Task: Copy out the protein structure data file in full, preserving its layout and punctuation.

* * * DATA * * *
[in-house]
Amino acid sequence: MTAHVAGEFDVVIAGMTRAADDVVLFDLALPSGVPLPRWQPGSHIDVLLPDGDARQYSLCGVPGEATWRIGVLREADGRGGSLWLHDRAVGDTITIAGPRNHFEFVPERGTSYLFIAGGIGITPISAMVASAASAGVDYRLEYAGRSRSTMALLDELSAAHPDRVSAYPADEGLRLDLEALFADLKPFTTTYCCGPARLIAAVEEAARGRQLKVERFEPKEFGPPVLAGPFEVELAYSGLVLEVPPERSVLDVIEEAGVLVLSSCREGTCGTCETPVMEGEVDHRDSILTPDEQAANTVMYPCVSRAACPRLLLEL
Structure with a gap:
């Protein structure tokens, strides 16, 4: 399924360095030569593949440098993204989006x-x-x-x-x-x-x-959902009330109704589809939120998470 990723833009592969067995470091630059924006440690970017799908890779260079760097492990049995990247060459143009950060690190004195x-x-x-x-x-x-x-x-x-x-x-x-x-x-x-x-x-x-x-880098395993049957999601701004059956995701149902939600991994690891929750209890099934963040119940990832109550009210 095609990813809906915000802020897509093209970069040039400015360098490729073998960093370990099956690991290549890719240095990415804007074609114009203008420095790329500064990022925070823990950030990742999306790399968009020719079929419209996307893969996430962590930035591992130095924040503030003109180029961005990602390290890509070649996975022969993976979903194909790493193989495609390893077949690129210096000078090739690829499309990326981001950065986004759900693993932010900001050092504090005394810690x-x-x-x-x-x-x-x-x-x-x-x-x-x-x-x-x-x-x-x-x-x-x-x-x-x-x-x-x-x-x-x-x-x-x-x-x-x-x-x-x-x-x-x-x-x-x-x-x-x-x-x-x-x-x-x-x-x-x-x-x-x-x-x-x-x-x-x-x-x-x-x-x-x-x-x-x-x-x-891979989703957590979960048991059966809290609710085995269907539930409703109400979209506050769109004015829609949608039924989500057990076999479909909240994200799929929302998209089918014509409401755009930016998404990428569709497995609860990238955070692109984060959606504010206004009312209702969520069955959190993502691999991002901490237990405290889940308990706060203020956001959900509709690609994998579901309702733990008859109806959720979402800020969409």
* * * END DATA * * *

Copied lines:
[in-house]
Amino acid sequence: MTAHVAGEFDVVIAGMTRAADDVVLFDLALPSGVPLPRWQPGSHIDVLLPDGDARQYSLCGVPGEATWRIGVLREADGRGGSLWLHDRAVGDTITIAGPRNHFEFVPERGTSYLFIAGGIGITPISAMVASAASAGVDYRLEYAGRSRSTMALLDELSAAHPDRVSAYPADEGLRLDLEALFADLKPFTTTYCCGPARLIAAVEEAARGRQLKVERFEPKEFGPPVLAGPFEVELAYSGLVLEVPPERSVLDVIEEAGVLVLSSCREGTCGTCETPVMEGEVDHRDSILTPDEQAANTVMYPCVSRAACPRLLLEL
Structure with a gap:
């Protein structure tokens, strides 16, 4: 399924360095030569593949440098993204989006x-x-x-x-x-x-x-959902009330109704589809939120998470 990723833009592969067995470091630059924006440690970017799908890779260079760097492990049995990247060459143009950060690190004195x-x-x-x-x-x-x-x-x-x-x-x-x-x-x-x-x-x-x-880098395993049957999601701004059956995701149902939600991994690891929750209890099934963040119940990832109550009210 095609990813809906915000802020897509093209970069040039400015360098490729073998960093370990099956690991290549890719240095990415804007074609114009203008420095790329500064990022925070823990950030990742999306790399968009020719079929419209996307893969996430962590930035591992130095924040503030003109180029961005990602390290890509070649996975022969993976979903194909790493193989495609390893077949690129210096000078090739690829499309990326981001950065986004759900693993932010900001050092504090005394810690x-x-x-x-x-x-x-x-x-x-x-x-x-x-x-x-x-x-x-x-x-x-x-x-x-x-x-x-x-x-x-x-x-x-x-x-x-x-x-x-x-x-x-x-x-x-x-x-x-x-x-x-x-x-x-x-x-x-x-x-x-x-x-x-x-x-x-x-x-x-x-x-x-x-x-x-x-x-x-891979989703957590979960048991059966809290609710085995269907539930409703109400979209506050769109004015829609949608039924989500057990076999479909909240994200799929929302998209089918014509409401755009930016998404990428569709497995609860990238955070692109984060959606504010206004009312209702969520069955959190993502691999991002901490237990405290889940308990706060203020956001959900509709690609994998579901309702733990008859109806959720979402800020969409």